The security risks of checking emails on your holiday

Over the last few weeks you have probably noticed the office has been a bit quieter, with a few more empty desks than usual. It’s a problem organisations have every year as staff head off on their summer holidays.

Fortunately – or perhaps not – modern technology means employees can be thousands of miles from the office but only a few clicks from their inbox. Some of us will have the restraint to leave work commitments behind and focus on what’s truly important: finishing that bottle of sangria and getting a few dozen pictures for Instagram.

But for many, the fear of a neglected inbox is too much. If we ignore it, we know it’ll get revenge by reading “999+” upon our return to the office. So what harm can it do to steal away for 20 minutes to check if there are any urgent messages?

A lot, as it turns out.

Don’t overburden your security team

Imagine the stress you put on IT staff when they see login attempts pop up from across the globe. Jim from accounts logging in from St. Lucia; Allison in HR opening a spreadsheet in Rome. Are these genuine requests? And, even if they are, who’s to say that an illegitimate login hasn’t snuck through?

You can’t expect security personnel to stay on top of where everyone is going for their holidays and to double-check every time they log in – particularly when there’s a good chance they’ll be short-staffed themselves.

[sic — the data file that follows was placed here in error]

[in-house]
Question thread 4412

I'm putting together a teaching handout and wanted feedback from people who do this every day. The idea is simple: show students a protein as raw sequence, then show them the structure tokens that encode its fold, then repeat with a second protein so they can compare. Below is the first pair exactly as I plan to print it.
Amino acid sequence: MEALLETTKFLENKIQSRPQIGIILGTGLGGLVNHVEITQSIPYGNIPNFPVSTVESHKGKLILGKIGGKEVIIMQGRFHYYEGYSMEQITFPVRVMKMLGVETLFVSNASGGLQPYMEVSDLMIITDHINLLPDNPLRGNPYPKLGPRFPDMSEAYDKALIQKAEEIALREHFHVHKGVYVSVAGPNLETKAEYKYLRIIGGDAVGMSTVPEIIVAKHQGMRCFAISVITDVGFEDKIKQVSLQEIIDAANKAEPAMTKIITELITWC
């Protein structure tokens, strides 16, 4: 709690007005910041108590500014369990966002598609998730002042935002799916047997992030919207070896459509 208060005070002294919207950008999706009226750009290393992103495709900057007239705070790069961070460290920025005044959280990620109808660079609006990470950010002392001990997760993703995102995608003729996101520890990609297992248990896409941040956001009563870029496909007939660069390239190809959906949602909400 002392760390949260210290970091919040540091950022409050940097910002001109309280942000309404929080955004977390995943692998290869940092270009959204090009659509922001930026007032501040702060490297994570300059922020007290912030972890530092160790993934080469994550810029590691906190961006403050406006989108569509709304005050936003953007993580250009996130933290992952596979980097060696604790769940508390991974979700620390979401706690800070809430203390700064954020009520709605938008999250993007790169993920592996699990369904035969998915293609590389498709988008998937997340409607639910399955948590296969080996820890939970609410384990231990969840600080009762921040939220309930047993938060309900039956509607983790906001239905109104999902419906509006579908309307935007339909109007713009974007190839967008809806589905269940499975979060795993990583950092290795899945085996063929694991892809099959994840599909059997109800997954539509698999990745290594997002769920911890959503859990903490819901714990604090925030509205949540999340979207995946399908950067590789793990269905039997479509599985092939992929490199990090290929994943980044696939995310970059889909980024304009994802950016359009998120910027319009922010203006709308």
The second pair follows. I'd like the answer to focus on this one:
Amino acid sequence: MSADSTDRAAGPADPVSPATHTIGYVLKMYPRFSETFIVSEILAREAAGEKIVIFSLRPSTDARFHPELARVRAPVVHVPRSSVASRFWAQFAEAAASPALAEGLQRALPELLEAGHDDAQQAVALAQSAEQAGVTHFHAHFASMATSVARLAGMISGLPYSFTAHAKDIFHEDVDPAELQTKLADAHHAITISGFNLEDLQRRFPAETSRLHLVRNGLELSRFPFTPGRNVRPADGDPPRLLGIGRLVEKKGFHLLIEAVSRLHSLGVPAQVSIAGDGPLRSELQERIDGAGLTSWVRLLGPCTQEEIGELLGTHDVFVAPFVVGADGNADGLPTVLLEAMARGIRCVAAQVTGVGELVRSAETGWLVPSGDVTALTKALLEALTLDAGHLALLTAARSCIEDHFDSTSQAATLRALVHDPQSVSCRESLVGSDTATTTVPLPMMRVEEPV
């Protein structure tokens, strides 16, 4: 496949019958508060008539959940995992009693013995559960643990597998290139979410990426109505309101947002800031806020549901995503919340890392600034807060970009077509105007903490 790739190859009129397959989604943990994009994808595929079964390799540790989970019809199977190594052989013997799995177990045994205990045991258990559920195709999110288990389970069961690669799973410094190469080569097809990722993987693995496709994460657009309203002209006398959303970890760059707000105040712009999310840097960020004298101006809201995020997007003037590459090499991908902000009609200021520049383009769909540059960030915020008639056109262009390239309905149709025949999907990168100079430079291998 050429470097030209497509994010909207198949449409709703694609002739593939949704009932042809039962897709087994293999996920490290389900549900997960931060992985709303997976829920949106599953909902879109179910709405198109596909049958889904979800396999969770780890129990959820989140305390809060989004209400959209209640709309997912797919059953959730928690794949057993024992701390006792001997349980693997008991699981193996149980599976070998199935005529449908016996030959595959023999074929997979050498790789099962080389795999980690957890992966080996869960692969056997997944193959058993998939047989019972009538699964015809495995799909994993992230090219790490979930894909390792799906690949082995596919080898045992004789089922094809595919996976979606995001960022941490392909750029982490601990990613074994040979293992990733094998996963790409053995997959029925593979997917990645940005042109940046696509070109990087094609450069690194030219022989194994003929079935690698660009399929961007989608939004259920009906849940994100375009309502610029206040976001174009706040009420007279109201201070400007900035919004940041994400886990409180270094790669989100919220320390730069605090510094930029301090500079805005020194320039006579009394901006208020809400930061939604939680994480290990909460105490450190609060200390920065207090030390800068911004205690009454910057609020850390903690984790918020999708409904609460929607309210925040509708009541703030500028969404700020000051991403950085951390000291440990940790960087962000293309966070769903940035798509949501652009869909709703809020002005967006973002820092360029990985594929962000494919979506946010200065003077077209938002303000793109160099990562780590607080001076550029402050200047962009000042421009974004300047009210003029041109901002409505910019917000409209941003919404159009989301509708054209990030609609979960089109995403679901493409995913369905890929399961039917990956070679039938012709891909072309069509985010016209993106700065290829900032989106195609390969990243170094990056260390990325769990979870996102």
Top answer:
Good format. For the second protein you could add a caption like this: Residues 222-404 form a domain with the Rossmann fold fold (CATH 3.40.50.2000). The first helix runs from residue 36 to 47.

The most robust solution, at least for employees who don’t travel for work, might be to automatically lock an account when a login attempt occurs from an unusual location.

This effectively bans people from checking in on work while on holiday – something that might please the employee’s fellow travellers (and, perhaps deep down, the employee themselves), but it’s not always ideal, and it could backfire in the event of an emergency.

What about VPNs?

Many security experts have suggested that VPNs (virtual private networks) are the solution for the security risks associated with remote access.

VPNs take a private network (i.e. the one you use in the office) and extend it across a public network, like a Wi-Fi hotspot.

This allows users to send and receive data across a public network but without the risks, like compromised connections and man-in-the-middle attacks.

However, it’s essential that you remember the limitations of VPNs. Although they provide a secure channel between two endpoints, there’s still a residual risk that an employee’s device might be compromised and infect corporate resources.

Plus, like any application, a VPN can have security flaws that can be exploited. So, if you use one, you must ensure that it’s patched and updated regularly.

Educate employees on the risks

Many of the security concerns that come with remote access come down to a lack of awareness: employees simply don’t consider the repercussions that come with logging into their accounts from far-flung places.

After all, it’s not just the risk that staff won’t notice a compromised account. There’s also the threat of:

  • Public Wi-Fi being compromised, enabling cyber attacks;
  • Losing a work laptop, phone or removable device; and
  • Opportunistic criminals peering over an employee’s shoulder and seeing sensitive information.

To ensure these threats don’t affect your organisation, you must take the time to teach staff what they can do to prevent them.

Our Information Security and Cyber Security Staff Awareness E-Learning Course provides a quick, convenient way to teach these lessons. You don’t need to worry about getting everyone together at the same time or finding a trainer. Instead, you can give staff a link to our official, GCHQ-approved course, which they can take from the comfort of their desk at a time that suits them.